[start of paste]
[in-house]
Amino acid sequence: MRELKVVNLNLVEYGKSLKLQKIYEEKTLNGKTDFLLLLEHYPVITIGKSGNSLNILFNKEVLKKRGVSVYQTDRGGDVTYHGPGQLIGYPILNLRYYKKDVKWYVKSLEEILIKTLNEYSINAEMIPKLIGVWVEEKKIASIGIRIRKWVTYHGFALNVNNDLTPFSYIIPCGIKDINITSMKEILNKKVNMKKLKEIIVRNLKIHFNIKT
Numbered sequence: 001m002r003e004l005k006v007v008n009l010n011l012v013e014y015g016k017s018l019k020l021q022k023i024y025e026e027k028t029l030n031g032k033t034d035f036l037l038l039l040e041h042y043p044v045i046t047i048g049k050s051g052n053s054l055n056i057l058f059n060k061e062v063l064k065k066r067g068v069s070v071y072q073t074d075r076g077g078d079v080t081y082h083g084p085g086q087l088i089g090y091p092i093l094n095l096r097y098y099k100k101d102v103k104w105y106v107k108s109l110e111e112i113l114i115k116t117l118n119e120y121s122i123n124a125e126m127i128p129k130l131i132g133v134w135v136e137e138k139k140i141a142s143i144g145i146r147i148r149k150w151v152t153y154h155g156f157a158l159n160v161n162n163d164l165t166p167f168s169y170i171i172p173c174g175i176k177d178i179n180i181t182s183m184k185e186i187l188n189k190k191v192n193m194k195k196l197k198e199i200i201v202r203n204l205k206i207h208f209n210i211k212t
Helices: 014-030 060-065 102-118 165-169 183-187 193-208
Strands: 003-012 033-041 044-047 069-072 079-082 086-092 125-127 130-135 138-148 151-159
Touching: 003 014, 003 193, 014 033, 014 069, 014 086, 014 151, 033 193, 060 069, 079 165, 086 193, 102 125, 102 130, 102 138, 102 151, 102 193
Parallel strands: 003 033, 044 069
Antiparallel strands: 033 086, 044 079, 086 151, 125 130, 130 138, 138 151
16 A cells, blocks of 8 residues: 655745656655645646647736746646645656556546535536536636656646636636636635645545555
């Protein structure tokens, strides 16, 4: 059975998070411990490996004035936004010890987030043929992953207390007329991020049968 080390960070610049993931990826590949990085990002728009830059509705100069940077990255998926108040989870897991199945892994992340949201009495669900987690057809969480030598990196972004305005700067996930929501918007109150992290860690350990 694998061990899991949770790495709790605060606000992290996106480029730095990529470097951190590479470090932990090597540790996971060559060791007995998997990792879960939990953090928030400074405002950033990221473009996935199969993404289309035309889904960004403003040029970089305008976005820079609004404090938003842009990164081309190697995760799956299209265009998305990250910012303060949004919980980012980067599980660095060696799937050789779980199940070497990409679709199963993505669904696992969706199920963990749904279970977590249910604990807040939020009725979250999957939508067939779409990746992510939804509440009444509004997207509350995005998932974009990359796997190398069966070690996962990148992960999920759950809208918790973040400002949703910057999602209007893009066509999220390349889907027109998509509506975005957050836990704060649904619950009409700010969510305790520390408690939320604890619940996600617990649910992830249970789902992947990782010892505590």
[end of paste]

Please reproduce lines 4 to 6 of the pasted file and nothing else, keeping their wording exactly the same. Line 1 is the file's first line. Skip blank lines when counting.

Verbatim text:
Helices: 014-030 060-065 102-118 165-169 183-187 193-208
Strands: 003-012 033-041 044-047 069-072 079-082 086-092 125-127 130-135 138-148 151-159
Touching: 003 014, 003 193, 014 033, 014 069, 014 086, 014 151, 033 193, 060 069, 079 165, 086 193, 102 125, 102 130, 102 138, 102 151, 102 193